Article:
I understand human nature. This is a very fearful time. But it was certainly the minority that we're doing that. 

But over and over again, my continued appeal for all Nova Scotians [is] to treat each other with kindness and caring and putting the needs of the community ahead of our individual needs. And in a time like this, it's even more important that we focus on that.

The province's chief medical officer of health, Dr. Robert Strang. (Communications Nova Scotia)

So who will have access to the rapid tests, the take-home tests?

We'll be giving more details in the next couple of days. 

Everything we've talked about officially comes into effect Dec. 27. But even now we're asking Nova Scotians to start to think about how they use the kits differently. And if you have a supply of kits and there are people in your social circle or in your family who are needing a kit for one of the higher-priority needs, share your test kits with them.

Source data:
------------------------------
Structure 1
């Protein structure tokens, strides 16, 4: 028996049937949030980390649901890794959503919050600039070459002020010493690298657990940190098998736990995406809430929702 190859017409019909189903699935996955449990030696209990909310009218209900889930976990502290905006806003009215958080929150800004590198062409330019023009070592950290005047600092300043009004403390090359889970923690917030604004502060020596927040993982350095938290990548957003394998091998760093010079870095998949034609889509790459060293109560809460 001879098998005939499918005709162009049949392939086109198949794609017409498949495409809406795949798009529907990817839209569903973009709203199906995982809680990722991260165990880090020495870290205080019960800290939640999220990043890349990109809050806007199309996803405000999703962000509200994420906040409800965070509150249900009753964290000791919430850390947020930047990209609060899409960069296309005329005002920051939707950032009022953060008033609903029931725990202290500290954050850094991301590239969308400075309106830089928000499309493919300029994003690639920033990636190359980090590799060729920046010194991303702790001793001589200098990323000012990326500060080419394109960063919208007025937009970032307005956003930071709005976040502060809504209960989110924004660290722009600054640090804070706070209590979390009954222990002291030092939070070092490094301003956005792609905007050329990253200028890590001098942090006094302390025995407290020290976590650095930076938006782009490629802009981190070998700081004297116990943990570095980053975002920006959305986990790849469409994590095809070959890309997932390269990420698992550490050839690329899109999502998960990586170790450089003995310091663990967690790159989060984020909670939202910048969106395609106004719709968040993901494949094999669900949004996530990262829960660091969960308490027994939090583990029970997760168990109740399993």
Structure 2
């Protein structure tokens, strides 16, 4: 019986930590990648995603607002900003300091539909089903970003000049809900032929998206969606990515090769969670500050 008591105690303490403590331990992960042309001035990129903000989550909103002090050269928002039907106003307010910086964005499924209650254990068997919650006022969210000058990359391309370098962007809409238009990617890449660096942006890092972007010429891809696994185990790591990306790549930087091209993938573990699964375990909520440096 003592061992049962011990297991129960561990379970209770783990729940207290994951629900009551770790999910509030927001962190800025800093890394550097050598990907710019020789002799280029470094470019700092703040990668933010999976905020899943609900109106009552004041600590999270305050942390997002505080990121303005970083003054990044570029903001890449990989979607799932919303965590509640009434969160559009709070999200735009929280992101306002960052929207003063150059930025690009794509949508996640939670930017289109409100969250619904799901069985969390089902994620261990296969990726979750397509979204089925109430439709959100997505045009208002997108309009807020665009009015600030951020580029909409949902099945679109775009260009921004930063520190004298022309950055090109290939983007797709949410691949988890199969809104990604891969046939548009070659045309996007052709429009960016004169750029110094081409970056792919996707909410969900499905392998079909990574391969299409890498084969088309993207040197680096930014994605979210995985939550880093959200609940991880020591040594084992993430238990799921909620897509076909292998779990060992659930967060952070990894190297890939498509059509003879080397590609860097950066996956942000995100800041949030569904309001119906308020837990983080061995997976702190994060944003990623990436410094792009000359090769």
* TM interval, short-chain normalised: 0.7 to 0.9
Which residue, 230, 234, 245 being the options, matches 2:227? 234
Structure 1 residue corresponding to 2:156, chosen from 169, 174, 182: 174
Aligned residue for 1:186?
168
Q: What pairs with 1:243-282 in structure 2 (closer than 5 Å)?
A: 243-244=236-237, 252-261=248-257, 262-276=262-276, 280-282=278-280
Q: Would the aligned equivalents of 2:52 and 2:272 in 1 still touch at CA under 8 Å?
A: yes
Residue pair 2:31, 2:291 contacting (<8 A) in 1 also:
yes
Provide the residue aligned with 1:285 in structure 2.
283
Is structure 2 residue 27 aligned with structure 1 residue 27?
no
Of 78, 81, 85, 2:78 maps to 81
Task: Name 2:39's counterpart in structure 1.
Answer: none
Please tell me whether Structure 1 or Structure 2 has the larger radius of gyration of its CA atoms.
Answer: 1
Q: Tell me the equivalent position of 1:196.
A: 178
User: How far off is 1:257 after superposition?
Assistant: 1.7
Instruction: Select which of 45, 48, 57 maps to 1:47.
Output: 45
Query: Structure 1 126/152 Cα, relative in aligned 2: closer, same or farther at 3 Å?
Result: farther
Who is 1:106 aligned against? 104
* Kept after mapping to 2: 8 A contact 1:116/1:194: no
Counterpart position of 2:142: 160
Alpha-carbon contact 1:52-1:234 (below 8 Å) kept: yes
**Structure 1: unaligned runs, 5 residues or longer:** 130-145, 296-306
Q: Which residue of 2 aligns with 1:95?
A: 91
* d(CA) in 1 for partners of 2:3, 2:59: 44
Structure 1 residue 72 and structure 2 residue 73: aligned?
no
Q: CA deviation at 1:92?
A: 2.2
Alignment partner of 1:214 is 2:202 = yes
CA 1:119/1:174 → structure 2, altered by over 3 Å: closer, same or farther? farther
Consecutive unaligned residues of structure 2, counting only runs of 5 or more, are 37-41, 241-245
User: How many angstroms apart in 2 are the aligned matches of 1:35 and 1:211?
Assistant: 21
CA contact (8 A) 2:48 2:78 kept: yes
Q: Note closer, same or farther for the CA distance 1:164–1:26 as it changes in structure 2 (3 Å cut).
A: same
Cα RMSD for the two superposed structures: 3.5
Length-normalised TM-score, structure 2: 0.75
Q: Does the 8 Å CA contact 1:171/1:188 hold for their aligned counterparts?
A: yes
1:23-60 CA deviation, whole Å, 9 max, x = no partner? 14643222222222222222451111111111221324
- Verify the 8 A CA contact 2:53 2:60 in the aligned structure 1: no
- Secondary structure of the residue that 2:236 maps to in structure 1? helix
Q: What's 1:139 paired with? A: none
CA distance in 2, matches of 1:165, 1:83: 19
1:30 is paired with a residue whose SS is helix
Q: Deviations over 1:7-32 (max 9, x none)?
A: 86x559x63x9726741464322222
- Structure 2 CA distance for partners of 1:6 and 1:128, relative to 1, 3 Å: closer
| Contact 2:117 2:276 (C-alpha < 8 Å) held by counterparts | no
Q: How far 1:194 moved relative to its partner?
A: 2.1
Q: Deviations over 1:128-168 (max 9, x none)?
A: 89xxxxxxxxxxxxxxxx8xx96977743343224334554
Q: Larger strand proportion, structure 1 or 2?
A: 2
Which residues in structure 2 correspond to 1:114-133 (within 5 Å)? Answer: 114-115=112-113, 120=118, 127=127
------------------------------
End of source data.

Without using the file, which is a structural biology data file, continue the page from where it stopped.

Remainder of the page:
The people who absolutely need a test, whether it's a PCR or rapid test kit, in the days and weeks ahead in our priority list, will have access to testing.

Do you regret, in hindsight, having passed out so many of those rapid test kits?


Things change very quickly. I mean, good access to rapid test kits, we've been leading the country in that, and that's been a hallmark of our success.

But things have changed very quickly. And, you know, if there was an unlimited supply of test kits, we'd continue to use them the way they are. 

Every province is just struggling with the same thing — how to have an appropriate COVID response within finite resources.

Written by Sheena Goodyear with files from CBC Nova Scotia. Interview produced by Chris Harbord. Q&A has been edited for length and clarity.